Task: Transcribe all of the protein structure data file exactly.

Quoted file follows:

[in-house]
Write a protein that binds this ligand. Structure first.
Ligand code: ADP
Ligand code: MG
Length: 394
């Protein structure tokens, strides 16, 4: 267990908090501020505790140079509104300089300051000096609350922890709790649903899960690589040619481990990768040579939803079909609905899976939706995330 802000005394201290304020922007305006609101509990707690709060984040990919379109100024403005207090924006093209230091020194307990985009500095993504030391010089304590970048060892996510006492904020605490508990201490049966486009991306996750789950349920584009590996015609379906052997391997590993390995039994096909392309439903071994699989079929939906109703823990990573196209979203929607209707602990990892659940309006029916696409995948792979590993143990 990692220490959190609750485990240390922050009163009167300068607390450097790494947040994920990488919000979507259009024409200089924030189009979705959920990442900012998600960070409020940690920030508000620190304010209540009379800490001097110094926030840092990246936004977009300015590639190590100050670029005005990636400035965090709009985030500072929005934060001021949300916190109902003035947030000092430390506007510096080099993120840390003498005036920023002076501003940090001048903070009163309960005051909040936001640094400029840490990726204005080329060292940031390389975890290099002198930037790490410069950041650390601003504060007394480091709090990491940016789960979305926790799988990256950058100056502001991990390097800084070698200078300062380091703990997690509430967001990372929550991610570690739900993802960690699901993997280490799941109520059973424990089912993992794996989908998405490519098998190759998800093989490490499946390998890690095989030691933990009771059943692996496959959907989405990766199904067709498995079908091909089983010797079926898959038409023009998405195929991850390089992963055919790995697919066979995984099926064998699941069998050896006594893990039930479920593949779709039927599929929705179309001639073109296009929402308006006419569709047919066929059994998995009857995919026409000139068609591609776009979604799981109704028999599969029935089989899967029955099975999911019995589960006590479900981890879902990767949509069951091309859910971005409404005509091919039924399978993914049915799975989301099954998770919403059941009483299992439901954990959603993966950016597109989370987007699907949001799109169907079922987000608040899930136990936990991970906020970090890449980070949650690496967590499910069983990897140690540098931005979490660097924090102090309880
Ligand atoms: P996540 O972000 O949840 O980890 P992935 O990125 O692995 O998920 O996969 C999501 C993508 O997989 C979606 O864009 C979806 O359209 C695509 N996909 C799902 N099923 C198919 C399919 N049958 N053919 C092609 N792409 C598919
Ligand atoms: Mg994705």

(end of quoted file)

[in-house]
Write a protein that binds this ligand. Structure first.
Ligand code: ADP
Ligand code: MG
Length: 394
């Protein structure tokens, strides 16, 4: 267990908090501020505790140079509104300089300051000096609350922890709790649903899960690589040619481990990768040579939803079909609905899976939706995330 802000005394201290304020922007305006609101509990707690709060984040990919379109100024403005207090924006093209230091020194307990985009500095993504030391010089304590970048060892996510006492904020605490508990201490049966486009991306996750789950349920584009590996015609379906052997391997590993390995039994096909392309439903071994699989079929939906109703823990990573196209979203929607209707602990990892659940309006029916696409995948792979590993143990 990692220490959190609750485990240390922050009163009167300068607390450097790494947040994920990488919000979507259009024409200089924030189009979705959920990442900012998600960070409020940690920030508000620190304010209540009379800490001097110094926030840092990246936004977009300015590639190590100050670029005005990636400035965090709009985030500072929005934060001021949300916190109902003035947030000092430390506007510096080099993120840390003498005036920023002076501003940090001048903070009163309960005051909040936001640094400029840490990726204005080329060292940031390389975890290099002198930037790490410069950041650390601003504060007394480091709090990491940016789960979305926790799988990256950058100056502001991990390097800084070698200078300062380091703990997690509430967001990372929550991610570690739900993802960690699901993997280490799941109520059973424990089912993992794996989908998405490519098998190759998800093989490490499946390998890690095989030691933990009771059943692996496959959907989405990766199904067709498995079908091909089983010797079926898959038409023009998405195929991850390089992963055919790995697919066979995984099926064998699941069998050896006594893990039930479920593949779709039927599929929705179309001639073109296009929402308006006419569709047919066929059994998995009857995919026409000139068609591609776009979604799981109704028999599969029935089989899967029955099975999911019995589960006590479900981890879902990767949509069951091309859910971005409404005509091919039924399978993914049915799975989301099954998770919403059941009483299992439901954990959603993966950016597109989370987007699907949001799109169907079922987000608040899930136990936990991970906020970090890449980070949650690496967590499910069983990897140690540098931005979490660097924090102090309880
Ligand atoms: P996540 O972000 O949840 O980890 P992935 O990125 O692995 O998920 O996969 C999501 C993508 O997989 C979606 O864009 C979806 O359209 C695509 N996909 C799902 N099923 C198919 C399919 N049958 N053919 C092609 N792409 C598919
Ligand atoms: Mg994705």